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February 07, 2014

Revisiting the Sternocleidomastoids: Accessory Muscles of Respiration


We know that sternocleidomastoids (strap muscles of the neck), scalene muscles and alae nasi are considered accessory muscles of breathing, although some controversy exists. If you saw an asthmatic individual in his desperate attempts at breathing or an agitated person or a person exercising vigorously, you could watch these muscles in action. However, that wasn't exactly what I had in mind while I was doing this experiment. I was really thrilled to chance upon it. Kind of a serendipitous discovery in its own right. You too can figure this out easily. The placement of the surface leads were as shown on the right. Red dots were for the reference and recording electrodes whereas the blue dot represents the ground (as usual). 

The neck muscles of each side were tested one at a time. For example, This wav file (open it Audacity or BYB neuron recorder) was obtained from EMG recording from the right sternocleidomastoid; the leads were placed on the right side and the ground lead on the manubrium. The head was at mid-line (neutral position) to start with. Next, it was turned to the right, then midline again, then to the left (without any external resistance applied), then against resistance applied by the left hand. The muscle of the right side moves the head to the left. Finally, the head was again restored in its neutral position. An improvised notation could be N to R to N to L to L+ to N (Legend: N=neutral, R = right, L=left, L+ = left against resistance).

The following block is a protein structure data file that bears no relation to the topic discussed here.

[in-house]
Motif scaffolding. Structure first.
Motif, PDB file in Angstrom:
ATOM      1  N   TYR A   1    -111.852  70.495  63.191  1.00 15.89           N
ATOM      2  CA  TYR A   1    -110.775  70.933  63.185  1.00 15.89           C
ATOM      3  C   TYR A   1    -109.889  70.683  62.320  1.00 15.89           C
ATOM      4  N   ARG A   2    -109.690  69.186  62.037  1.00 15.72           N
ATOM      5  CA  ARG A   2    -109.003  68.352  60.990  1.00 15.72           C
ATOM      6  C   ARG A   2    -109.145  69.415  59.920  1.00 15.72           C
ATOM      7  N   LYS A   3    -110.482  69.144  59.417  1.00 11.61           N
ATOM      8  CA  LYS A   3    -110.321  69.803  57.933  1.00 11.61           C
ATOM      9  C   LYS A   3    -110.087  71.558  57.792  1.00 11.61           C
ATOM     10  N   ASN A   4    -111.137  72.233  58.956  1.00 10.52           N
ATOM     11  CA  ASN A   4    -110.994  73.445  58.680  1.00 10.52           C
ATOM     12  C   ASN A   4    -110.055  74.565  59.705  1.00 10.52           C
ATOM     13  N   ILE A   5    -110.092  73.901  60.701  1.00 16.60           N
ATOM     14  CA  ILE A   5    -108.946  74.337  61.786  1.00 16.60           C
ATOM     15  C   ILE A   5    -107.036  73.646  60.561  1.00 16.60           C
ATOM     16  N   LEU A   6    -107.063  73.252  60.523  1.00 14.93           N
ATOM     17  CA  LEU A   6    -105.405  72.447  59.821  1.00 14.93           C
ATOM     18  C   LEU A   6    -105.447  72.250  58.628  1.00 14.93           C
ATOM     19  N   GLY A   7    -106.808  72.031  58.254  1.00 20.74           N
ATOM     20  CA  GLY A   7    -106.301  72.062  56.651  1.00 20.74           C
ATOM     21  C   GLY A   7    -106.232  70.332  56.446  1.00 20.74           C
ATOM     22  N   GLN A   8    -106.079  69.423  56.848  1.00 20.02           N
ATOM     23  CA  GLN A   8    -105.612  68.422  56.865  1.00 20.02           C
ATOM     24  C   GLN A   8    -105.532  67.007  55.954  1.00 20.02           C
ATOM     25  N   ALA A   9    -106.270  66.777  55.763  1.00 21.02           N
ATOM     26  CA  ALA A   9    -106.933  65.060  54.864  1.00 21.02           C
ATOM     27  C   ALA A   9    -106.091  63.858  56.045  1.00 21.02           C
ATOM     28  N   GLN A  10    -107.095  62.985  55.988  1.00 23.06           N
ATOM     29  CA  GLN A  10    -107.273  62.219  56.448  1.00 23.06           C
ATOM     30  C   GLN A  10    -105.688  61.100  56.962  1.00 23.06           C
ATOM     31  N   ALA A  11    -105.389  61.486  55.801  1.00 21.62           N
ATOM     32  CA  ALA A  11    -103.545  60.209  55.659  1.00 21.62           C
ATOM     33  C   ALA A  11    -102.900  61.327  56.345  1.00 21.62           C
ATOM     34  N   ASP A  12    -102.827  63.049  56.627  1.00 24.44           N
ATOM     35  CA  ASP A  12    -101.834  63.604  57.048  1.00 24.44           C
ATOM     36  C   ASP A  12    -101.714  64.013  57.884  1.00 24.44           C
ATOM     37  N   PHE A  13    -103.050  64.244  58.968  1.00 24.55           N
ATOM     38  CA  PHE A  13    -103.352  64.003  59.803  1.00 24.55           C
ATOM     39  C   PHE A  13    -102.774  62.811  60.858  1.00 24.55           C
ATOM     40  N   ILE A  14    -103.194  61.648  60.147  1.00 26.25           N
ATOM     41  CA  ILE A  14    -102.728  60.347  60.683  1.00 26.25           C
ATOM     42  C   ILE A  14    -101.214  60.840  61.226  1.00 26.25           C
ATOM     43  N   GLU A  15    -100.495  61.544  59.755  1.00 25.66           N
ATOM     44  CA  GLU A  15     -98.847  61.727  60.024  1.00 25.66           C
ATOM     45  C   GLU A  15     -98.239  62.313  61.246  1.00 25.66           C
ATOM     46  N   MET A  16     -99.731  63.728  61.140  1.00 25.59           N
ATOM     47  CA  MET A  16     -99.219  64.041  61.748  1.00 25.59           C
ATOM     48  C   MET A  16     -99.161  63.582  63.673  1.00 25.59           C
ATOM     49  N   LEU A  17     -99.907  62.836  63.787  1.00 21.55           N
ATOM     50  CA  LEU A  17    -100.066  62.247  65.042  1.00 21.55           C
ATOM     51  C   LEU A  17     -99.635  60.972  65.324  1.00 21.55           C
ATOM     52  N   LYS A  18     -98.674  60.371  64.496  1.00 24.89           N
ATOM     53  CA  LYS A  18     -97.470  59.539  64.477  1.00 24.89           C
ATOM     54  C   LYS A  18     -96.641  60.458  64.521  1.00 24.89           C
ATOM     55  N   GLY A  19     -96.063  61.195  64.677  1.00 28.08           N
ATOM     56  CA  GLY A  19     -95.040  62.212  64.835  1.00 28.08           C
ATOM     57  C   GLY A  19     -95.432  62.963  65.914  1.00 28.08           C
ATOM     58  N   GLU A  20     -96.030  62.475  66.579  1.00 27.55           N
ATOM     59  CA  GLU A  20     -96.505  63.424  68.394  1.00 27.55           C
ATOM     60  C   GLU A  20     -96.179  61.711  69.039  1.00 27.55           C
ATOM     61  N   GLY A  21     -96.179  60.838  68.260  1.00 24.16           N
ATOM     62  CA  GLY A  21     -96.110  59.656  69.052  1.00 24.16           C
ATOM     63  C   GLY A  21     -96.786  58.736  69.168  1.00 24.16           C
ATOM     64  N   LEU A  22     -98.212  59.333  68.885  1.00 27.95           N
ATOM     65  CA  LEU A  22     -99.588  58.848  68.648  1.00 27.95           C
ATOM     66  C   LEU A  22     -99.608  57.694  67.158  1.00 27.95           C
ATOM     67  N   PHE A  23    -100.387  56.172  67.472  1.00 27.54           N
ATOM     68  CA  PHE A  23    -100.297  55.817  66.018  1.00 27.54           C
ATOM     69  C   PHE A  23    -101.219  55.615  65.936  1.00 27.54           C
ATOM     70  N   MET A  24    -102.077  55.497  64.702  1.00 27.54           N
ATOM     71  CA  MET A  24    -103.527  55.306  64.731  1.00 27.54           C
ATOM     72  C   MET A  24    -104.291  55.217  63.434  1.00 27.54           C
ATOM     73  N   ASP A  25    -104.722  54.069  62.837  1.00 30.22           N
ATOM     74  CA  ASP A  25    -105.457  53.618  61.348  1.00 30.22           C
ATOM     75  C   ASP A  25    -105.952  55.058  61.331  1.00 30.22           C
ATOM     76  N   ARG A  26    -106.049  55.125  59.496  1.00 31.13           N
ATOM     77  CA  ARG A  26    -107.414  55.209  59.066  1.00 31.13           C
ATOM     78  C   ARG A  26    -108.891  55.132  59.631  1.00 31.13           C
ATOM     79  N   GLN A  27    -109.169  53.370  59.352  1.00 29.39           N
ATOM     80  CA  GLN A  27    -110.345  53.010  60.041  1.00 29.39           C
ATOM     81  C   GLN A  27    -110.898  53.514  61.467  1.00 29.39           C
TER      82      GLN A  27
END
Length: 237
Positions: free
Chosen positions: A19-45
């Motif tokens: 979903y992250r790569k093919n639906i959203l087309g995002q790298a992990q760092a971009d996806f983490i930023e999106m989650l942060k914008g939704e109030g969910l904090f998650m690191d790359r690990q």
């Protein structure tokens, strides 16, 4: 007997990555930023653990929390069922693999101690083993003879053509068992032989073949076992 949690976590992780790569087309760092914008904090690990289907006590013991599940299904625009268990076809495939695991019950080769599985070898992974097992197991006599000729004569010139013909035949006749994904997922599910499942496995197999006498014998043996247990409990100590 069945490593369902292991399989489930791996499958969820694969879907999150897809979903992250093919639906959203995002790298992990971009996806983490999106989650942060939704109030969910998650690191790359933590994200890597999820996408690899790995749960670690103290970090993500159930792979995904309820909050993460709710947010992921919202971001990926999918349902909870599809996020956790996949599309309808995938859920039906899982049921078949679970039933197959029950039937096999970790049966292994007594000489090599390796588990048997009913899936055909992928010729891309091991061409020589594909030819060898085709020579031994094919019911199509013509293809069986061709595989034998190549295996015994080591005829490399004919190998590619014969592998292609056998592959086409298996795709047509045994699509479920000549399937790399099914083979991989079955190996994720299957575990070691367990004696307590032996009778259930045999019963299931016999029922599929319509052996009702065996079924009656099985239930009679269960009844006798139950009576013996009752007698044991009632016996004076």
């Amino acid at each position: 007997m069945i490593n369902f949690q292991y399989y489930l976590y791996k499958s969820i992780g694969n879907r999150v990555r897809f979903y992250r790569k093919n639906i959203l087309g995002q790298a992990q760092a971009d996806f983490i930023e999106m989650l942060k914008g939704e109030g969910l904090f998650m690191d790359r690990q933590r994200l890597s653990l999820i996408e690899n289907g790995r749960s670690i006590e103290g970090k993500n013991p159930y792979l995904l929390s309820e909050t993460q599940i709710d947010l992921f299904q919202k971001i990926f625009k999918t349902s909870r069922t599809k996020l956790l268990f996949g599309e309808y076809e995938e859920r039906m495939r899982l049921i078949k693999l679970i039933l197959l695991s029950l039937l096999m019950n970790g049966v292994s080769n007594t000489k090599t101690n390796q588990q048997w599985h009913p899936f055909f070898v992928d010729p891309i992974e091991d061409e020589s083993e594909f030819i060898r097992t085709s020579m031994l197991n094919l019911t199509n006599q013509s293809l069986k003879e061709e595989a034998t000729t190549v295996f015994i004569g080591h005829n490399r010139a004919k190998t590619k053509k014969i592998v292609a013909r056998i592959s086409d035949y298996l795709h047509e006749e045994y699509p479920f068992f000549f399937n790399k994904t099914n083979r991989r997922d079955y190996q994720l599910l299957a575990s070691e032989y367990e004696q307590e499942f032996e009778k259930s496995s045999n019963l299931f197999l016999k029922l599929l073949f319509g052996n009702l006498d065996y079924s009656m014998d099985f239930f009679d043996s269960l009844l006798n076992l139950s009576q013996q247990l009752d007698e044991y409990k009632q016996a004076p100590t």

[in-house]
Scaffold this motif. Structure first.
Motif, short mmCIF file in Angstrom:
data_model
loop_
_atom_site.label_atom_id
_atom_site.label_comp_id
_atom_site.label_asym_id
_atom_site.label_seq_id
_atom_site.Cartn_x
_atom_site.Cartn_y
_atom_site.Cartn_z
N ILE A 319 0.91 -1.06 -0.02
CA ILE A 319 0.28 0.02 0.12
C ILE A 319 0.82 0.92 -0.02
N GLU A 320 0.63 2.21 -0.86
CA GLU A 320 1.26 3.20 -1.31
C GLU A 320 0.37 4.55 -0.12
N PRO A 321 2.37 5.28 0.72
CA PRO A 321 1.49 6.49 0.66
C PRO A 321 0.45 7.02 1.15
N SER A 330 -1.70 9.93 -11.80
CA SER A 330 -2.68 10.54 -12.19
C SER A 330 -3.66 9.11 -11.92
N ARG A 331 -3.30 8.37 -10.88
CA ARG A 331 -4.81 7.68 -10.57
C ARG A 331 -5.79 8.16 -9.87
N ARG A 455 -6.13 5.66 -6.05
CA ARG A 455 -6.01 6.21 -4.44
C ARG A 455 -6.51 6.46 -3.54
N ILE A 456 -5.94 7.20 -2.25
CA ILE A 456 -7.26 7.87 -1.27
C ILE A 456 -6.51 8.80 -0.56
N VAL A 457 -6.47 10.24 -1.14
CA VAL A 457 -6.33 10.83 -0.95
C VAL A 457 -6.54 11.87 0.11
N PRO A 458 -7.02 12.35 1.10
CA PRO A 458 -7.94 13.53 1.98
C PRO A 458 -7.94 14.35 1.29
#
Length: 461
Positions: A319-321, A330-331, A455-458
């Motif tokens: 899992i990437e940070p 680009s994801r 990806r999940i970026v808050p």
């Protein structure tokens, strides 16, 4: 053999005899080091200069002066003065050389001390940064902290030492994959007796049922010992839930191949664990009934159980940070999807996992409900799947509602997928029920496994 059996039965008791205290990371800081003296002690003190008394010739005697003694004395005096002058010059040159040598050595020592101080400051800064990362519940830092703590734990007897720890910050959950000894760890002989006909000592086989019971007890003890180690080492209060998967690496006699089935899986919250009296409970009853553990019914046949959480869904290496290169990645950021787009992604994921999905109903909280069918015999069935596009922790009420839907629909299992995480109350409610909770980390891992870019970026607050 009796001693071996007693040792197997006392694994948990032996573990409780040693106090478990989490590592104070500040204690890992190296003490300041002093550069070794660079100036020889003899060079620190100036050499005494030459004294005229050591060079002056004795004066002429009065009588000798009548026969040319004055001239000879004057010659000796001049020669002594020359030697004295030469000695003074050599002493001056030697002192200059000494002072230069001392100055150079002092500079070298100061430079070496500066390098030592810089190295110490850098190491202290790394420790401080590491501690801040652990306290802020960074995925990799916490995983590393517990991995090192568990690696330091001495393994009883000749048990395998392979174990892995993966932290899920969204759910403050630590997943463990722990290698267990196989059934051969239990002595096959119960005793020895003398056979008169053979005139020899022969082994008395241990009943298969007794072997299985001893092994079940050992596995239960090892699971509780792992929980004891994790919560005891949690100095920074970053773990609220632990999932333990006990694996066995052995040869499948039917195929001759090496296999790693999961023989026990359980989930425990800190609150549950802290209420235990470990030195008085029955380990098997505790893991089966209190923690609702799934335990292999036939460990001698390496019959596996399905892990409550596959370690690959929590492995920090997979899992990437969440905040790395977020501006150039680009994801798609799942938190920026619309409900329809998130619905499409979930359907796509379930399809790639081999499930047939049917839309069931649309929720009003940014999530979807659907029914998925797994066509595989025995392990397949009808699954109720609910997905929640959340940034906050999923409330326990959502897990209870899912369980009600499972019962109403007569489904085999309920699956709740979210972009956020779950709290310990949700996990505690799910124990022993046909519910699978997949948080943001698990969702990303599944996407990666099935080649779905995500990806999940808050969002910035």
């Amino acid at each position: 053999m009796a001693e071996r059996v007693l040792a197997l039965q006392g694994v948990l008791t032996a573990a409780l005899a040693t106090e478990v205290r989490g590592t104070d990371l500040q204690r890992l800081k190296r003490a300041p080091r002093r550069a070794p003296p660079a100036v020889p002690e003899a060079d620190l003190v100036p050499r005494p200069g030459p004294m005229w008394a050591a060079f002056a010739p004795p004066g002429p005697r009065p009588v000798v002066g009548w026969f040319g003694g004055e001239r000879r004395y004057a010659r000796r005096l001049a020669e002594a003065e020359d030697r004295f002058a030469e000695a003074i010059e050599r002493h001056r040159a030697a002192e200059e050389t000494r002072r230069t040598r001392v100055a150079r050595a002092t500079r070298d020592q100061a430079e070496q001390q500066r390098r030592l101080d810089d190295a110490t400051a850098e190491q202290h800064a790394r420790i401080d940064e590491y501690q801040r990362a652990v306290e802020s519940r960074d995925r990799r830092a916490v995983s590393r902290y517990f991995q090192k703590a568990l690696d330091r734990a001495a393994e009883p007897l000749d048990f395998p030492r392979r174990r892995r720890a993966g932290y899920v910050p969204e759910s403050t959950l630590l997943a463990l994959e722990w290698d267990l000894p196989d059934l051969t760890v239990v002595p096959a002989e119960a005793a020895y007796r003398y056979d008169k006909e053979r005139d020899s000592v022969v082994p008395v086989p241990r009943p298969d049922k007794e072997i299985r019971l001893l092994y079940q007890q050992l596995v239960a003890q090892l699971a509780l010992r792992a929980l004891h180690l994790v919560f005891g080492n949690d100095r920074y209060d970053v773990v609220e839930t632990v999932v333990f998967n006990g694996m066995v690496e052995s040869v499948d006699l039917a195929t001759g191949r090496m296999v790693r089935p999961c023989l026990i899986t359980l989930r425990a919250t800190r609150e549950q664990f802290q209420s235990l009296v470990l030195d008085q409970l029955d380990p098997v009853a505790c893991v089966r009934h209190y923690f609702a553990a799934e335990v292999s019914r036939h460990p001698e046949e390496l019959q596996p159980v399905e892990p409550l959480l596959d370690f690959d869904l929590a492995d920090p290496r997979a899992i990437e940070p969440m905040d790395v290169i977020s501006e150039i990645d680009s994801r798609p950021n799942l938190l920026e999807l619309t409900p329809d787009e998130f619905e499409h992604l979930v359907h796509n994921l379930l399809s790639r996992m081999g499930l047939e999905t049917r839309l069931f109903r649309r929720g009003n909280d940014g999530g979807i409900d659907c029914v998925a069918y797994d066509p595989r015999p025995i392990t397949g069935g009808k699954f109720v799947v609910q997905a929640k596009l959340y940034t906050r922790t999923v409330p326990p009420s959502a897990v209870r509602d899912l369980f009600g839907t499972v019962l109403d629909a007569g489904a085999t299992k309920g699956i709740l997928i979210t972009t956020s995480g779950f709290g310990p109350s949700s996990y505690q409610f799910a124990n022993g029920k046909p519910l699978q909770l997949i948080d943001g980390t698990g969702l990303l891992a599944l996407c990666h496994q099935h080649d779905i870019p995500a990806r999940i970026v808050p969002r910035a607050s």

Similarly, the left side was tested in a likewise manner (N to L to N to R to R+ to N). And this is the waveform obtained. The surprise awaited me, I was in for an ambush!

While the leads were still on the strap muscles of the left side of my neck, I observed the EMG waveform in real-time. I noticed that as I was taking a deep breath, the EMG activity increased significantly. I didn't have to turn to my head to the right anymore! I then maintained this position by holding my breath. The activity continued. Here's the recorded .wav file. The associated camera recording will speak for it (see below: Youtube). Yes, it proved that it was indeed an accessory muscle called in to address forceful inhalation. I then did a forceful exhalation, but no increase in EMG activity was observed, buttressing my observation. 



As you may have noticed that I have used the terms inhalation and exhalation, in lieu of, inspiration and expiration. Well, inspiration, it definitely is! Expiration? No way!
Further analysis still awaits.
Spikerbox recordings may also possibly illustrate simultaneous EMG activities in protagonist and antagonist muscles. More of these later.

To be continued............
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This work by Amiya Sarkar is licensed under a Creative Commons Attribution 4.0 International License.

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